In order that the correct call forwarding information be provided to the fallback application server when it is contacted by the SIP proxy, the configuration server 208 periodically synchronizes its configuration information with information stored on the various endpoint terminals connected to VoIP network for which it is providing fallback service, for example endpoint terminals 203 and 204.

Although the fallback application server 207 is shown as a device separate from the SIP proxy 205, its functionality could be incorporated in proxy 205. An incoming SIP invite message would be directed to a default target address. If the default device does not respond, the proxy will retrieve the forwarding information from the configuration server 208 and handle the forward. The configuration server 208 could also be integrated with the fallback application server 207 and/or the proxy 205.

Regardless of whether the fallback application server is a separate device or incorporated as part of the SIP proxy, advantageously, the SIP proxy does not need to store forwarding information for standard call forwarding that is invoked on an operative and responsive endpoint terminal.

Other endpoint terminal implemented services that are invoked for incoming calls can also be protected via a fallback mechanism in a similar manner when the endpoint terminal fails to respond to a proxy message. For example, with reference to FIG. 3, a called VoIP endpoint terminal 301 may have an internal call-logging service that is invoked each time a call is received from a calling terminal 302 or other terminal on or off the VoIP network 303. Such a service creates a log of all incoming calls received by the endpoint terminal. If SIP proxy 304 detects that the called terminal 301 is not available to an incoming call, the proxy creates a call-log 305 for as long as the called endpoint terminal remains unavailable. Although the fallback application service that performs this fallback call-logging service is shown in FIG. 3 as being incorporated within the SIP proxy 304, alternatively it could be implemented in a separate server. As shown in FIG. 3, the call long 305 on SIP proxy 304 logs all incoming calls that it can't deliver to the called endpoint terminal 301. When endpoint terminal 301 again becomes available, the stored log can be downloaded to the endpoint terminal-implemented call log. The availability of endpoint terminal 301 can be determined by periodically checking by the proxy to determine whether it is available, by programming the endpoint terminal to send a signal to the proxy/fallback application server when it is powered up, by determining that a subsequent call attempt to that endpoint terminal has been successful, or by signaling the proxy/fallback application server when an outgoing call is placed by that endpoint terminal through the SIP proxy.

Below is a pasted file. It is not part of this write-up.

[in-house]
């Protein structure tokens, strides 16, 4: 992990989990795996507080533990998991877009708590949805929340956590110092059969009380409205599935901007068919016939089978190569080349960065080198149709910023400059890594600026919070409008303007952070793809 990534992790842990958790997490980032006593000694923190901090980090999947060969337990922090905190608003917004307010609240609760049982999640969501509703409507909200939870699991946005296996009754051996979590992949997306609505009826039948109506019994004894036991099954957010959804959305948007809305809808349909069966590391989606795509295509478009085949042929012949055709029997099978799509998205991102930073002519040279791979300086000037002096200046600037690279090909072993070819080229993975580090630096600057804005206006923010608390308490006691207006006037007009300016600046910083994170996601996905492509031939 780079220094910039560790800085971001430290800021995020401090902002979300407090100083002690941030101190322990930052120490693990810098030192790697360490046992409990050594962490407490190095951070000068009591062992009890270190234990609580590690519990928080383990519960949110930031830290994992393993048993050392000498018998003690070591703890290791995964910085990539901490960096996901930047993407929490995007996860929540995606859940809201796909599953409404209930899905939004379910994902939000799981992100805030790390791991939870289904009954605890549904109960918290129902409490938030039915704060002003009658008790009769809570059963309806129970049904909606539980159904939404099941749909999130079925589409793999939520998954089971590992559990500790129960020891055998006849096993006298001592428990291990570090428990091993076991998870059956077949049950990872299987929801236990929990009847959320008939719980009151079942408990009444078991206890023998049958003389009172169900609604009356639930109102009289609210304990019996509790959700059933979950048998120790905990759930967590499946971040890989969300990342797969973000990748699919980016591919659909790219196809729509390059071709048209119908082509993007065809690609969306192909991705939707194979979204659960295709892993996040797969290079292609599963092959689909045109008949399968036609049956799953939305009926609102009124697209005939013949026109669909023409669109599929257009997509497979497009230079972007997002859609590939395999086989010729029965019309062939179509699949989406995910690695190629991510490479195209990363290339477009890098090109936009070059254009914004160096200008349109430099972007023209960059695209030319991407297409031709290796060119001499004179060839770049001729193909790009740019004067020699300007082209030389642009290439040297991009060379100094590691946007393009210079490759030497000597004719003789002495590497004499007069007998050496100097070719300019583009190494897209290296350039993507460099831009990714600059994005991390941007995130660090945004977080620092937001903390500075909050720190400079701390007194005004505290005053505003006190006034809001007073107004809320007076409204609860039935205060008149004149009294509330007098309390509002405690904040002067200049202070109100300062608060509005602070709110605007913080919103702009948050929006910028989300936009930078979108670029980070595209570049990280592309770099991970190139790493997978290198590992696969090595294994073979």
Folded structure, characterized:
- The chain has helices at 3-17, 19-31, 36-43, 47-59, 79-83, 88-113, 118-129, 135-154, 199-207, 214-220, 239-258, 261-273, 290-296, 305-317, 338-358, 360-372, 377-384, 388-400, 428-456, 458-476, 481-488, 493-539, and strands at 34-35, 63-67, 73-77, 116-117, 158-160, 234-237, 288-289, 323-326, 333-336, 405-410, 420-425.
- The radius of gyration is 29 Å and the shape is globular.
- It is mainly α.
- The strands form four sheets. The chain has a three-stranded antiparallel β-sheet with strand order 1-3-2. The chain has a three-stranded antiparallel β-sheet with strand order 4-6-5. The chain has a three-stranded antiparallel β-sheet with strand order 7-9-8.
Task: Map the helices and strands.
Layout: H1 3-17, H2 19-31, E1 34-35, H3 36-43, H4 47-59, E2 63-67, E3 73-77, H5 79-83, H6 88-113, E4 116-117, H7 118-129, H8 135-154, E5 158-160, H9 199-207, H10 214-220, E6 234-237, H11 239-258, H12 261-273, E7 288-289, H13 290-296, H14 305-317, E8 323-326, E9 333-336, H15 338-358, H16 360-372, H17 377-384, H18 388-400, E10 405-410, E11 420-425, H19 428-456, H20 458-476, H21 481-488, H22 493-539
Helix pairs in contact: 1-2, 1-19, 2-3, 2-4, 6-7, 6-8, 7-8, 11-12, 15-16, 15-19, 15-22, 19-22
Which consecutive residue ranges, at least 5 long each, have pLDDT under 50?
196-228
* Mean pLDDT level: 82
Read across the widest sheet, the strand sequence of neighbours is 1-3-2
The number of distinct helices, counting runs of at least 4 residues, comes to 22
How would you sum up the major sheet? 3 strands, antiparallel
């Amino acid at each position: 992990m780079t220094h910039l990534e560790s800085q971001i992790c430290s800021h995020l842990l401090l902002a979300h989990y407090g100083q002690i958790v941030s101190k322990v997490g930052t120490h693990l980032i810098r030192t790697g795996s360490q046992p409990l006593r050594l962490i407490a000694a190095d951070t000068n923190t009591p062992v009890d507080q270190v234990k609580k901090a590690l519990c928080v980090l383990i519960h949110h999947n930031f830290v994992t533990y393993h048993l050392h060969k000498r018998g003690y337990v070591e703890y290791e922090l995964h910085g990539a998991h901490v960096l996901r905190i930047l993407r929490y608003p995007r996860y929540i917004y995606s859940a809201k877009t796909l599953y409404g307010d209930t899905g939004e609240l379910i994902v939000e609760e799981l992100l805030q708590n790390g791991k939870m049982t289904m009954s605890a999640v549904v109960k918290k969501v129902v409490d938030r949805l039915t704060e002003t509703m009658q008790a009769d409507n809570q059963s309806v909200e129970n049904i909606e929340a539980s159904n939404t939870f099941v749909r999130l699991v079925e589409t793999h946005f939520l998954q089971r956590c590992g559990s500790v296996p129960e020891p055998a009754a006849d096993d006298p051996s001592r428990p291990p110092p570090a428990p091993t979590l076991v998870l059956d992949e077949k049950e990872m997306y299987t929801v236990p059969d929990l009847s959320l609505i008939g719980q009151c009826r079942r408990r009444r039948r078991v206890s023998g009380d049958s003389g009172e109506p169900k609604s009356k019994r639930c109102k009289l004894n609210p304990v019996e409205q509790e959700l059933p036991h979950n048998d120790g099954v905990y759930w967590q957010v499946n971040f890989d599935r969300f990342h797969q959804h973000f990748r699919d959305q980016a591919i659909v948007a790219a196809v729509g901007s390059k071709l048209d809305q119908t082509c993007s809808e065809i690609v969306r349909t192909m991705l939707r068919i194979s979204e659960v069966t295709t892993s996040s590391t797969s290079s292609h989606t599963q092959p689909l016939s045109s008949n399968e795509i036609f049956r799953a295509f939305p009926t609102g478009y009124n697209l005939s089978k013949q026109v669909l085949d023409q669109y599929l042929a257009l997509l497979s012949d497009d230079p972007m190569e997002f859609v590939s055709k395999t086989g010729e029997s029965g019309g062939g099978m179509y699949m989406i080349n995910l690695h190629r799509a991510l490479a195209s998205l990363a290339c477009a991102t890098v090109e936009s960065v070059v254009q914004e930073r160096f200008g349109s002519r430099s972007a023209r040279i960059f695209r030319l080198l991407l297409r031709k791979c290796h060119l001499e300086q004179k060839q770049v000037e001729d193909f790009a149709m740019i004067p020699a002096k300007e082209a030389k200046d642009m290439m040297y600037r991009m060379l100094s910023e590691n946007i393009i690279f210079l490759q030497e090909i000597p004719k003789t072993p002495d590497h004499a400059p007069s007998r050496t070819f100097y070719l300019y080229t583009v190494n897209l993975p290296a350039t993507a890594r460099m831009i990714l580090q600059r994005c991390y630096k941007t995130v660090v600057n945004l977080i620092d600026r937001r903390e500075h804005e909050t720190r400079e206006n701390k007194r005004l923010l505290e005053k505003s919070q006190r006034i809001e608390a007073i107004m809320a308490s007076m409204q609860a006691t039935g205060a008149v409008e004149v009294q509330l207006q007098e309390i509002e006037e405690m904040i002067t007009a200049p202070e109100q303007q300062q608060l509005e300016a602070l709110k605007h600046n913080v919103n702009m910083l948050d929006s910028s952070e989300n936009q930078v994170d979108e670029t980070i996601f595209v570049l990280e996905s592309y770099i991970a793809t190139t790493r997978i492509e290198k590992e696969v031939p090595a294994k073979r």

FIG. 4 shows an embodiment of the present invention as applied to a fallback voicemail service. In this embodiment endpoint terminal 401 has a built-in voicemail capability. When endpoint terminal 402 places a VoIP call to endpoint terminal 401 over VoIP network 404, as previously described, an SIP invite message is transmitted to proxy 403 and thence to endpoint terminal 401. If the end user at endpoint terminal 401 does not answer, then the voicemail application running on endpoint terminal 401 transmits playback a message to the calling party and records any voice message left by the calling party. If, however, for any reason endpoint terminal 401 is inoperative and proxy 403 does not receive a response to the invite message, then it sends a message to the fallback application server within VoIP network 404, shown as voicemail server 405. A bearer connection is thereafter established between voicemail server 405 and calling endpoint terminal 402. Advantageously, the proxy only forwards a call to the network voicemail server 405 if the called endpoint terminal 401 has failed or is inoperative for any reason. Thus only a small number of voicemails will need to be stored in the network. This service can be provided only to subscribers who subscribe to the fallback service or all the service provider's subscribers. If the former, the proxy 403 will only forward the call to the voicemail server 405 if it determines that the call endpoint 401 has subscribed to the service. From the standpoint of the subscriber at called endpoint terminal 401, voicemail advantageously is always available to her regardless whether her terminal is on or off, out of reach (if a mobile terminal), or inoperative due to a failure.

The above embodiments are illustrative of providing within the VoIP network a fallback service to a detected inability of that service to be provided by an intelligent VoIP endpoint terminal that otherwise provides that service. Advantageously, the fallback application server requires fewer resources than a standard network-based application server since it needs to handle only those service requests when the intelligent endpoint terminals with which it is associated are unavailable. Many other endpoint terminal-provided services in addition to those described above could also be similarly fault protected. Further, although the above-described embodiments have been described using the SIP protocol, similar solutions could be implemented using other VoIP protocols whether presently available or as will be developed in the future.